The Rural Boundary – Holding the Line in Seminole County
As most of you know, public outcry in response to River Cross developer Chris Dorworth’s unending petitions for building exceptions to Seminole County’s voter-established Rural Boundary have been loud and unequivocal. Citizens and local advocacy group Save Rural Seminole made no secret of their opposition to Dorworth’s request for large-scale, high-density housing and commercial space on rural lands, and they vowed to make Commissioners pay at the ballot box if they ignored residents’ concerns.
In July 2018, the Seminole County Zoning & Planning Board unanimously rejected the River Cross proposal, deeming it “way too dense for this area”, followed by a unanimous vote by County Commissioners to reject River Cross in August 2018. In January 2020, Commissioners voted down “the swap”, a proposal to exchange rural River Cross land for development in the Econ River Wilderness area, an environmentally-sensitive parcel of recreational land along the River.
Why after repeated rejections is River Cross lurching on like a zombie, haunting residents? The answer leads back to the GOP-led Florida Legislature and current District 28 Rep. Republican David A. Smith.
In the final days of the 2020 legislative session, Smith voted for the ironically named “Growth Management” bill (SB 410), which according to the Orlando Sentinel, “undermines Seminole County’s longstanding, voter-approved prohibition against invasive development”. The bill allows cities to approve big developments like River Cross if they are within city limits, even if the decision violates the county charter. Get your property annexed into a city and the county is powerless.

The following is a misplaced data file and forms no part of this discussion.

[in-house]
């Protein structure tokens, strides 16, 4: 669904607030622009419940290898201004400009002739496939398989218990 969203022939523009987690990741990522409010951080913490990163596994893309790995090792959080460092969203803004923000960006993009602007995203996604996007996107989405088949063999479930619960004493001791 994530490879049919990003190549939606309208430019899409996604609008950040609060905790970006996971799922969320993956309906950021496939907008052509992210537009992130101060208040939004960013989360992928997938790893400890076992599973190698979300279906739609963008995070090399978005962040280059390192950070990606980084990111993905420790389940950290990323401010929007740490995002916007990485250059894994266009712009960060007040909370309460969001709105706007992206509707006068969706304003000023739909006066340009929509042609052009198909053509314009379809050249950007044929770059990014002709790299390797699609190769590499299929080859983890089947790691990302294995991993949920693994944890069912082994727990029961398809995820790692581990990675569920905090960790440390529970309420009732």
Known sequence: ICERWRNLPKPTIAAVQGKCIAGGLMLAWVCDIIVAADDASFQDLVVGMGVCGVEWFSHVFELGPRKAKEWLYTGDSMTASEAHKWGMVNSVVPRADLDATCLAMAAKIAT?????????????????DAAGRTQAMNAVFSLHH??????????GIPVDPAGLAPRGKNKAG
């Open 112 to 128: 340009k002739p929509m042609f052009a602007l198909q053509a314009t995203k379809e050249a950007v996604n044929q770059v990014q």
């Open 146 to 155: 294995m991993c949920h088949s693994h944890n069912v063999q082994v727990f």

After Smith’s developer-friendly “YES” vote led to more public outcry, he recanted saying he didn’t know the bill would gut rural protections. Either Smith is not being completely honest with voters or he was not paying attention – either way, that is not the stewardship citizens deserve.
Smith also voted “YES” on developer-friendly House Bill 7103, which environmentalists say will stifle challenges against developers violating local comprehensive plans. Passed on the last day of the 2019 Legislative Session, in hopes it would fly under the radar, the bill requires those who lose development disputes to pay the legal fees of both parties.
The effect is to disadvantage citizens and local groups in challenging deep-pocketed developers and local governments. It could stop groups in Seminole from suing to ensure enforcement of the rural boundary and protected lands.
In the last few days leading up to the 2020 session, Rep. David A. Smith also accepted a $1,000 maximum campaign donation from developer Chris Dorworth for Smith’s re-election campaign. Voters sent Rep. Smith to Tallahassee to represent them, but it appears he is representing developers’ interests instead.
We need representation that will make voters’ voices heard in Tallahassee. That is why I’m asking for your support in the August 18th primary and again on November 3rd.
Lee at the Geneva 4th of July Parade
Lee (pictured here) along with his campaign team and a large group of volunteers attended the Geneva 4th of July Parade in 2018.